This year Spring did not come in gradually. Winter hung on into the first part of April. Then, suddenly, months worth of ecological change flashed by in a few weeks: flowers bloomed and faded, trees budded, flowered, and leafed, and the migrant birds instead of slipping into (or out of) our area species by species arrived all at once seemingly in a gigantic, mixed flock. (Image of killdeer – D. Sillman)
In the space of two or three days we went from no migrant bird species to a full slate of birds battling for breeding and nesting sites. Towhees showed up at our front yard feeders and then were everywhere along the wooded hiking trails. The killdeer that nest on the flat roofs of the Penn State New Kensington buildings started frantically chorusing our arrival at work each morning. Orioles spread themselves out along the Roaring Run Trail, and the phoebes started escorting hikers along the Rock Furnace Trail. We spotted our first scarlet tanager along the southern section of the Scout’s Loop Trail at Harrison Hills Park, and a day later heard the first wood thrushes out on the Rachel Carson Trail. The grossbeaks and swifts, and all of the spring warblers are out there right now, too, just waiting to be noticed.
And, it’s funny how many big events you miss in the rush of Spring: I just realized that the juncos that have been such a large part of the winter birds around my yard are gone. They have flown north into their summer breeding areas. I will look for them when I am up in the Allegheny Forest this summer and note their return in the Fall as a “Sign of Coming Winter.”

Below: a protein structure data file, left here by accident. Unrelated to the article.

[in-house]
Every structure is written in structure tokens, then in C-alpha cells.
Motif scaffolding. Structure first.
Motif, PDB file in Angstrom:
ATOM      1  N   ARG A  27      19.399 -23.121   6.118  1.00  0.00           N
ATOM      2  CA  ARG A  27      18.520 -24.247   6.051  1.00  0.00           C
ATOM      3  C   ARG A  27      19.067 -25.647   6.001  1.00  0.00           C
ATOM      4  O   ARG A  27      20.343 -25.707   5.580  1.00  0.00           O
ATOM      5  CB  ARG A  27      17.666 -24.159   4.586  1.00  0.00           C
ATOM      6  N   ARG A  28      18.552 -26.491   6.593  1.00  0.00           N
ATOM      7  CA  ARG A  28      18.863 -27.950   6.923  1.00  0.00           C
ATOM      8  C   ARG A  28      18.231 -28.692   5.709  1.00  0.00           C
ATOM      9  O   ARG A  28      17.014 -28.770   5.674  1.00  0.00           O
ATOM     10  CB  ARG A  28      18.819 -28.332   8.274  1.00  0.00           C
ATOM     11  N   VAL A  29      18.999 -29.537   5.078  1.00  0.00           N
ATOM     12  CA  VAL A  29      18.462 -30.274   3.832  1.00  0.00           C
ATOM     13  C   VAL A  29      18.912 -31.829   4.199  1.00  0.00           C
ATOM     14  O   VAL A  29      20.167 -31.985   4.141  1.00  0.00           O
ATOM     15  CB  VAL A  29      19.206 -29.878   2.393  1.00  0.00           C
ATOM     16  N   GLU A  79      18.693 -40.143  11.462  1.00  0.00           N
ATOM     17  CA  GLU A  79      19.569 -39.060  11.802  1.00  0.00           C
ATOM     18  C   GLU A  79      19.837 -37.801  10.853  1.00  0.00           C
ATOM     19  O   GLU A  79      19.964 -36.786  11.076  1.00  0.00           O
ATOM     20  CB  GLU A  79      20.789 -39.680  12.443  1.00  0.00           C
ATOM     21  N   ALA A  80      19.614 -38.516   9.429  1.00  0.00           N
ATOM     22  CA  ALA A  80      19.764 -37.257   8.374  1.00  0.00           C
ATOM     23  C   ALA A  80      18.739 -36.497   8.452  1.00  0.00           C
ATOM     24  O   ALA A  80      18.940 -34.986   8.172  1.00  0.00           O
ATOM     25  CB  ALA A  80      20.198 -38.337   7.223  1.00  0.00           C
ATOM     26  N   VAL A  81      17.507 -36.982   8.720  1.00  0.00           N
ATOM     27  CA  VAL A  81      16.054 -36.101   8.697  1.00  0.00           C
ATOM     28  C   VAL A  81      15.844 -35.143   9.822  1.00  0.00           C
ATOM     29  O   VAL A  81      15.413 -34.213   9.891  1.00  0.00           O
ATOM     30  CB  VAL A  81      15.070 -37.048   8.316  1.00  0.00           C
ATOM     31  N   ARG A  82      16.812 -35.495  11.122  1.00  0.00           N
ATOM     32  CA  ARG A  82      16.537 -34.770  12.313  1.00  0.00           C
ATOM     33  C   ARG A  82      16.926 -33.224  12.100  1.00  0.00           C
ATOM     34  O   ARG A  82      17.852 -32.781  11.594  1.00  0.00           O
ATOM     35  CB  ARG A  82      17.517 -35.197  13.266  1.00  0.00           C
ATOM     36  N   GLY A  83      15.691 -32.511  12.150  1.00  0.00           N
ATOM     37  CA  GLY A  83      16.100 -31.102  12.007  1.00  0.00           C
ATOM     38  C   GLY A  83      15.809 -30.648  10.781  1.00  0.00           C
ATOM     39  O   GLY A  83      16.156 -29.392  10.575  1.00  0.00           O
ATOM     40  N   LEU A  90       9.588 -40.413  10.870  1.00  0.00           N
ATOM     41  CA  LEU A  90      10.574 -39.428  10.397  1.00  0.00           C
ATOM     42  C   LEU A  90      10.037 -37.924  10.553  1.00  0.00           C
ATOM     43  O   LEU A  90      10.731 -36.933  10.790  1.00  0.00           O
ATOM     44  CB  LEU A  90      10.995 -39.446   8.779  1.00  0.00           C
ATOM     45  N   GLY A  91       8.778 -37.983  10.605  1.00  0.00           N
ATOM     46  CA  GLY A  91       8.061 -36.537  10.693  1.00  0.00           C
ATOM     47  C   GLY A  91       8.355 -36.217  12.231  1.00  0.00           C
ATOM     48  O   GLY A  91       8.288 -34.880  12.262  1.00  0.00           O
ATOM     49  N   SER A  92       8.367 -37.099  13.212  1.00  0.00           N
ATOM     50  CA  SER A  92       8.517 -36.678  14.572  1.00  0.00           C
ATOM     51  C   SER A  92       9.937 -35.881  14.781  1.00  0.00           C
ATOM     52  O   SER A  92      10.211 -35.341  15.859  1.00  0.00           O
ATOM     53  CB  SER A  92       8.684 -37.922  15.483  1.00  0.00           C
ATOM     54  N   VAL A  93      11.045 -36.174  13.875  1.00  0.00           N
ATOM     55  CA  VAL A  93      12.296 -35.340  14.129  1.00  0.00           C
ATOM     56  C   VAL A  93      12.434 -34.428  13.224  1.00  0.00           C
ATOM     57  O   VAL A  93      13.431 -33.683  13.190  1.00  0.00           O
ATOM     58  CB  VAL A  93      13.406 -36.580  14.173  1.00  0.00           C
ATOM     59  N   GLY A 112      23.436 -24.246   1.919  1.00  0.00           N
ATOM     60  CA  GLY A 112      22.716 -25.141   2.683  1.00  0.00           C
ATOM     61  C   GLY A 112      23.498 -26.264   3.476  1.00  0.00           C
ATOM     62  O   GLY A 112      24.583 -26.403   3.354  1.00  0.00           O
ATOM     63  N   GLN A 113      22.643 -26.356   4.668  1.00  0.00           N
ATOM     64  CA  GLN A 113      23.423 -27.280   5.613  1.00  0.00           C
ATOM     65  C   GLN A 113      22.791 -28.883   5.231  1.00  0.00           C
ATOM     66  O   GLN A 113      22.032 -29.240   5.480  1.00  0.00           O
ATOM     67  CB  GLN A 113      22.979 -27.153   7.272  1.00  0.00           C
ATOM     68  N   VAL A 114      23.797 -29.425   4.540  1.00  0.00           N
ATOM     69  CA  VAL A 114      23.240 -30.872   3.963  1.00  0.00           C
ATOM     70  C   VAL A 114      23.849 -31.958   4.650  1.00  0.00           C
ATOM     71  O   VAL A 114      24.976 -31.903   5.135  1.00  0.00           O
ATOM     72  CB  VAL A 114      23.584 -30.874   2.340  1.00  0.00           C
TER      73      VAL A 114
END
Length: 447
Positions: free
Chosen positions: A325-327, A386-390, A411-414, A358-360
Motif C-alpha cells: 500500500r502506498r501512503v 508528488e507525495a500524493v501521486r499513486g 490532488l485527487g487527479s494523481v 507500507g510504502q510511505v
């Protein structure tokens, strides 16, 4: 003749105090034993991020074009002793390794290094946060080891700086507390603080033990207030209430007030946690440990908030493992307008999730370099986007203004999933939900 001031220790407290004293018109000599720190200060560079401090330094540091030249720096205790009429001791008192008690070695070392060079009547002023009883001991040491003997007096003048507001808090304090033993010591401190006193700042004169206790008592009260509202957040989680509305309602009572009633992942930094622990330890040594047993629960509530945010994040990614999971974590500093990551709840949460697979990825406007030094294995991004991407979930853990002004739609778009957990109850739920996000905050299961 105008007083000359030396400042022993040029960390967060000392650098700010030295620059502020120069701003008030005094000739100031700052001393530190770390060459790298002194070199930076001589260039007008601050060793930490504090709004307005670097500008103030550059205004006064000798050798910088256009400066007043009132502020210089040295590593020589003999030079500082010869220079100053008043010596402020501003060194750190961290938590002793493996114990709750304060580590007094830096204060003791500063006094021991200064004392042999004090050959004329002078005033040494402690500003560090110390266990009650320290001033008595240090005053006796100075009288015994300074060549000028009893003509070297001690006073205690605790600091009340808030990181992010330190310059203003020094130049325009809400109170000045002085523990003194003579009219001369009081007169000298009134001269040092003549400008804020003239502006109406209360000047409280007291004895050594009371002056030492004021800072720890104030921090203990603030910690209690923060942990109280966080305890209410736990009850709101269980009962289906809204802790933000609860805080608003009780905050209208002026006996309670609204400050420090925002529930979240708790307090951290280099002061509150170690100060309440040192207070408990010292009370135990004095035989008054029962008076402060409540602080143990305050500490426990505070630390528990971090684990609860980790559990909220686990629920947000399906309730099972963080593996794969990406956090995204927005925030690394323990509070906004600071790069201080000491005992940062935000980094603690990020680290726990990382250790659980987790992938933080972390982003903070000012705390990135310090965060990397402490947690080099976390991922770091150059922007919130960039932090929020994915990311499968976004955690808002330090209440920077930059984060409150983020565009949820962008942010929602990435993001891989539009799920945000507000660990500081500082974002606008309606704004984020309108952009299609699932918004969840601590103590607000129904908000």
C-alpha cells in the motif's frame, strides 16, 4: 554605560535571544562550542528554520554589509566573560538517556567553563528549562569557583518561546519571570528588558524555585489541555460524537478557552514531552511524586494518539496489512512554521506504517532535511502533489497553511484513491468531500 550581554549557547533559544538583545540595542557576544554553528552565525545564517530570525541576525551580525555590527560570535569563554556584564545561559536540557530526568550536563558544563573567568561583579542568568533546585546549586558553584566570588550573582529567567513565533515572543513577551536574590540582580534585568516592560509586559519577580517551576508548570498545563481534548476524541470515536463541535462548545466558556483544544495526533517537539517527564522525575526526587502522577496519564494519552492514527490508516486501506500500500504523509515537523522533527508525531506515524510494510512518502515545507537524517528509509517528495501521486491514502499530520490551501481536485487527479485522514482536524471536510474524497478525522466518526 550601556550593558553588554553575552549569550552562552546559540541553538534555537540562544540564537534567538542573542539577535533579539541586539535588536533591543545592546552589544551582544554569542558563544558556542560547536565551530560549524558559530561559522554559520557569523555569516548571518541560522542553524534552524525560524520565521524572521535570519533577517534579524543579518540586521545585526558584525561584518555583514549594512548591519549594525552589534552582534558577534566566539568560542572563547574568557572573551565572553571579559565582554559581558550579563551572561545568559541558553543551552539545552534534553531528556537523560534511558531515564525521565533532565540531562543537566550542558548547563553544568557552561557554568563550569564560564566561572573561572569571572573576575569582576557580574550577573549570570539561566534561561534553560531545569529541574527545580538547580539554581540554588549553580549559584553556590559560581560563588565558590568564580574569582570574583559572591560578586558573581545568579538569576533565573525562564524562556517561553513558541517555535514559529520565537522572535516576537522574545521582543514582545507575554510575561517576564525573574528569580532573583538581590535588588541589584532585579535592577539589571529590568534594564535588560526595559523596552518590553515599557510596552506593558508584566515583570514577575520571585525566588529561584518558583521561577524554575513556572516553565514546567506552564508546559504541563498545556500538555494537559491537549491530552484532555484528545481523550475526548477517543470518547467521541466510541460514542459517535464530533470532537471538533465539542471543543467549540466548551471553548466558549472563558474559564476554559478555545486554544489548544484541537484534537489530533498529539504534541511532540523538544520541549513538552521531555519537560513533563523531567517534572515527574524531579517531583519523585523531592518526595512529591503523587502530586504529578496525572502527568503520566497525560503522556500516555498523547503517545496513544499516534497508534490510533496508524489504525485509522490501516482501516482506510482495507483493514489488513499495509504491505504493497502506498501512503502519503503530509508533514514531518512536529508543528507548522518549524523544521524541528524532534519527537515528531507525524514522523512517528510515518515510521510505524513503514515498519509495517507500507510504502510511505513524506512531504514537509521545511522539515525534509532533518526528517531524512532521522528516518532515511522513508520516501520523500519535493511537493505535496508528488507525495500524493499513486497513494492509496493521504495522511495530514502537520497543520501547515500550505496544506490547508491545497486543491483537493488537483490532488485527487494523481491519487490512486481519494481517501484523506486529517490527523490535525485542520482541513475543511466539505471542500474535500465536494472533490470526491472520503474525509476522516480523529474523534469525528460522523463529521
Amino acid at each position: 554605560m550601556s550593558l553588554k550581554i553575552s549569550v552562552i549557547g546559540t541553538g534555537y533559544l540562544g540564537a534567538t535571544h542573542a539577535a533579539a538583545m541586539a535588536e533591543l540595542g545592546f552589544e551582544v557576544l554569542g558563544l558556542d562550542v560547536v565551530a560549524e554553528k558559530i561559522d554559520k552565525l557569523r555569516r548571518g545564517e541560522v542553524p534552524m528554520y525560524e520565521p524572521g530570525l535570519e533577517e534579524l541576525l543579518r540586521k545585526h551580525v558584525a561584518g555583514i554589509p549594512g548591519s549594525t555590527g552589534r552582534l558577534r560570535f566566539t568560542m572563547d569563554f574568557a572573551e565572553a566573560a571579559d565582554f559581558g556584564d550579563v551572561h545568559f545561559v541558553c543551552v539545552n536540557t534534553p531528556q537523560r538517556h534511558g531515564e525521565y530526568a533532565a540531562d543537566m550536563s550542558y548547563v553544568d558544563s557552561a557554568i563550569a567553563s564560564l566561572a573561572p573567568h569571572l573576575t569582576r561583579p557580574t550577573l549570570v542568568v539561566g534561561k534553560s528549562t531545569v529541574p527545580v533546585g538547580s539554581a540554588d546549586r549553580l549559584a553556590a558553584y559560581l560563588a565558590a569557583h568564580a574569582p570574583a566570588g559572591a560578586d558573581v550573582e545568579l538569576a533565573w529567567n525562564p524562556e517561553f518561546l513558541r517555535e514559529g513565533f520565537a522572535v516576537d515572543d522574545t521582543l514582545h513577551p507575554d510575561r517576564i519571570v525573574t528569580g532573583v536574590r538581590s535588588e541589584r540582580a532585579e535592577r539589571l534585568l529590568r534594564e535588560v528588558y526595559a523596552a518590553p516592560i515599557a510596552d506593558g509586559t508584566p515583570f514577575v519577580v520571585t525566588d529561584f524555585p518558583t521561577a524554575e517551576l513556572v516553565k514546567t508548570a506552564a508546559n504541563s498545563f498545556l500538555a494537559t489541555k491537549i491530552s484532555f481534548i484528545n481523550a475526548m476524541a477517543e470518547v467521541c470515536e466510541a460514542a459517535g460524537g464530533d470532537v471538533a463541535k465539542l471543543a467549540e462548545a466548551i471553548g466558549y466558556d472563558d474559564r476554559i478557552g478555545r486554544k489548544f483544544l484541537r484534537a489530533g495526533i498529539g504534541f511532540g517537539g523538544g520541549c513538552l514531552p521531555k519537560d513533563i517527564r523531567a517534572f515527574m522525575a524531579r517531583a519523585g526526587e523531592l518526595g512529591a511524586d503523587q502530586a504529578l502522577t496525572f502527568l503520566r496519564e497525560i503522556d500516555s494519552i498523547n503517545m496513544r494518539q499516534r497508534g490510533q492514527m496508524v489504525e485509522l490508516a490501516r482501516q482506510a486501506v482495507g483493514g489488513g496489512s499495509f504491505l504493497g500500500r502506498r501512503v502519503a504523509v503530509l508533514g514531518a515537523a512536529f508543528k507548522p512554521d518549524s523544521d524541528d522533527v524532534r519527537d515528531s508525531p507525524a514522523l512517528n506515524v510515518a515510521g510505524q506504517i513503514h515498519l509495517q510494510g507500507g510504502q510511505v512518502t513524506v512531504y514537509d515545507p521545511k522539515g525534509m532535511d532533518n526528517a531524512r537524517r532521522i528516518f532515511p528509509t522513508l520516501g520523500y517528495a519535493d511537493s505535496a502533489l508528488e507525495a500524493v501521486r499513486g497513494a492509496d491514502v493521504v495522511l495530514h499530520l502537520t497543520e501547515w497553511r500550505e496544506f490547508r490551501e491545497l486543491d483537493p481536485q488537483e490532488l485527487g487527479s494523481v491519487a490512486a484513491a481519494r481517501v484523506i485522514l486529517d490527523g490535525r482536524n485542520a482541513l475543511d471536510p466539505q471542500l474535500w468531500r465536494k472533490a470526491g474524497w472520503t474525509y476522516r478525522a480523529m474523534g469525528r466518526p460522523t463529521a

We have also been watching all sorts of mating behaviors in the birds around our house. A male blue jay carrying a large kernel of corn in his beak chased a female jay through the branches of our spruce trees. They kept up the chase for ten minutes until, at last, they perched side by side on a high branch that hung out over our apple orchard. After a minute of motionless quiet, she reached over and took the piece of corn from her pursuer. A few days later we saw a male blue jay fumbling with an awkward beak-full of dried grasses as he paused on the top of our basketball backboard obviously on his way to help with nest building. I can’t say for sure that he was the same jay that had had the kernel of corn, but I like to think that he was.
We also watched a male house finch perched on the top of the wrought iron hanger that holds our bird feeders trying his best to feed a female cardinal. These feeding behaviors are a very common aspect of many bird species’ mating rituals. The cardinal was very perturbed by the persistent finch and finally ended their relationship with a solid peck on the top of his head. He flew off quickly and, I hope, came to his senses. Maybe now he is feeding some house finch nestlings in partnership with a more suitable mate!
We have seen several bald eagles this spring, too. The most recent was down on the Allegheny River near the Hulton Bridge. He was perched in a tree on the west bank of the river looking disdainfully away from the traffic roaring past on Route 28. Last summer we heard eagles when we walked along the Kiski River. It is a testament to conservation and ecological resilience to have these magnificent birds living so close to us once again!
The bluebirds seem abundant this year. There is a small flock at Penn State New Kensington that we see many mornings. The trees on the edges of the wooded areas of the campus are old enough to have a good number of potential nesting holes for these beautiful, little thrushes. We regularly see them up in the Apollo Cemetery, too. Lot’s of good habitat for them and lot’s of potential food sources.
But the greatest bird show we have seen so far this spring involved two non-migratory individuals who were so focused on each other that the rest of the world seemed to just fade away from their awareness. Deborah was able to approach to within 10 feet of these pileated woodpeckers (image below) up in Harrison Hills Park and stand and watch them dance and jostle each other as they circled around and and pecked and pounded on a tall, double-trunked oak tree. She watched this long, slow mating dance for over fifteen minutes.
Happy Spring! Happy Summer! Enjoy!